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For my girlfriend’s father’s birthday we went to Dinner by Heston Blumenthal. We sat at the chef’s table which is the only way you can have the full 9 course tasting menu. The restaurant, currently ranked 1st in the UK and 9th in the world1 creates its dishes by mixing old English recipes with molecular gastronomy. The following collection of references stems from this dining experience: the privileged restaurant, its use of history, contemporary culture and my discreet iphone browsing throughout the, at times awkward, family meal. 

The Captain’s Table

At the large table we are each given a little brown box. Inside a rolled up piece of paper is held together by a metal ring embossed with the restaurants logo. The paper scroll is printed with the lunch menu on one side and the background information to each dish on the other. It is the size of a standard A4 sheet.

The sommelier appears with a bottle of champagne, he comes up to us and he speaks Portuguese as we have requested. It turns out he spends a lot of time in Brazil and my girlfriend’s father and him enter into a long conversation. The sommelier touches the bottle but doesn’t open it, he just keeps on talking. He puts the bottle into an ice bucket and talks some more and my girlfriend and I make impatient faces to each other. He is about to reach for the bottle when her father interrupts him with a question and a joke, and they keep on talking. Finally he grabs the bottle, holds it with a white serviette, opens it and pours it into our glasses while telling us about the champagne. It’s all in Portuguese and I don't understand a word. The table is slightly too big and he has trouble reaching the glasses at the far end. I look at the father who smells the champagne in his glass and says “Mmm.” and then holds his glass to toast. We all toast and drink. My girlfriend is in a bad mood.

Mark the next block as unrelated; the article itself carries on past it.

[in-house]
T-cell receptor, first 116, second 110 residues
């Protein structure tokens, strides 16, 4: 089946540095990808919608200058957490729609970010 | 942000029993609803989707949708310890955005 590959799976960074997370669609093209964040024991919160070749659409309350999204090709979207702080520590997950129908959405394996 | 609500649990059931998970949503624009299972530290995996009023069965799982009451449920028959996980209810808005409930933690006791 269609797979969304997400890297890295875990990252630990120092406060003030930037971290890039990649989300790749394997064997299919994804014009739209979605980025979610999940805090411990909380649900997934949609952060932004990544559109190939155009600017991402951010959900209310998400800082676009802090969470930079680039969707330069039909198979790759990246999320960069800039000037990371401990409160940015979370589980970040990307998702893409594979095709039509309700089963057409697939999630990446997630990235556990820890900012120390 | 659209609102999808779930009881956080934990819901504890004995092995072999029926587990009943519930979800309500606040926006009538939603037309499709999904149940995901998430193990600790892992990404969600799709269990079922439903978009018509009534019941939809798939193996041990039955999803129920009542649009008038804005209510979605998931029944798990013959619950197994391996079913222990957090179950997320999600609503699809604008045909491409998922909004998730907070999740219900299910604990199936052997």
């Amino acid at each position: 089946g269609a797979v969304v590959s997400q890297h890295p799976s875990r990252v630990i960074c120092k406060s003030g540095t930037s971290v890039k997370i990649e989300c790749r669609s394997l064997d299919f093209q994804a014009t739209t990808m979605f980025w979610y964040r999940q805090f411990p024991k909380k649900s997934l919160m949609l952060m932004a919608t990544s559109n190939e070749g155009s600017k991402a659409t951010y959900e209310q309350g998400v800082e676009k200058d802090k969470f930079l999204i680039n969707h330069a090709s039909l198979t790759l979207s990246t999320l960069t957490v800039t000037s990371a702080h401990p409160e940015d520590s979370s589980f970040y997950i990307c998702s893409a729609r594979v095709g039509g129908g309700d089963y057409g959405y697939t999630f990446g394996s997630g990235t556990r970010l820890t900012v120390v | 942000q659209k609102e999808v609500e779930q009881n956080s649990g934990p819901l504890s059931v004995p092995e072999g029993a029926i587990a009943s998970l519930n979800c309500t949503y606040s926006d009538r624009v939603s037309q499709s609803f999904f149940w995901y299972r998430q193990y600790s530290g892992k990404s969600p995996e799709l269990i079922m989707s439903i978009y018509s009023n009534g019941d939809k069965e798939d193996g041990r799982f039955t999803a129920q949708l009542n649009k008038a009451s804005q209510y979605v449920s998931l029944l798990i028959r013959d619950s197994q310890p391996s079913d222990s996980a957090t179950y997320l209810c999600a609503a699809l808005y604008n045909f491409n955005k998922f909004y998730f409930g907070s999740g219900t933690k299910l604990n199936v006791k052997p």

Lobster & Cucumber Soup (c.1730)

The head Chef introduces himself, he can only speak English and I am relieved. I notice that he directs his introduction mainly towards me and I am aware that the father probably can only understand half of what he is saying. I feel awkward in between the two figures of chef and father - one not understanding the other.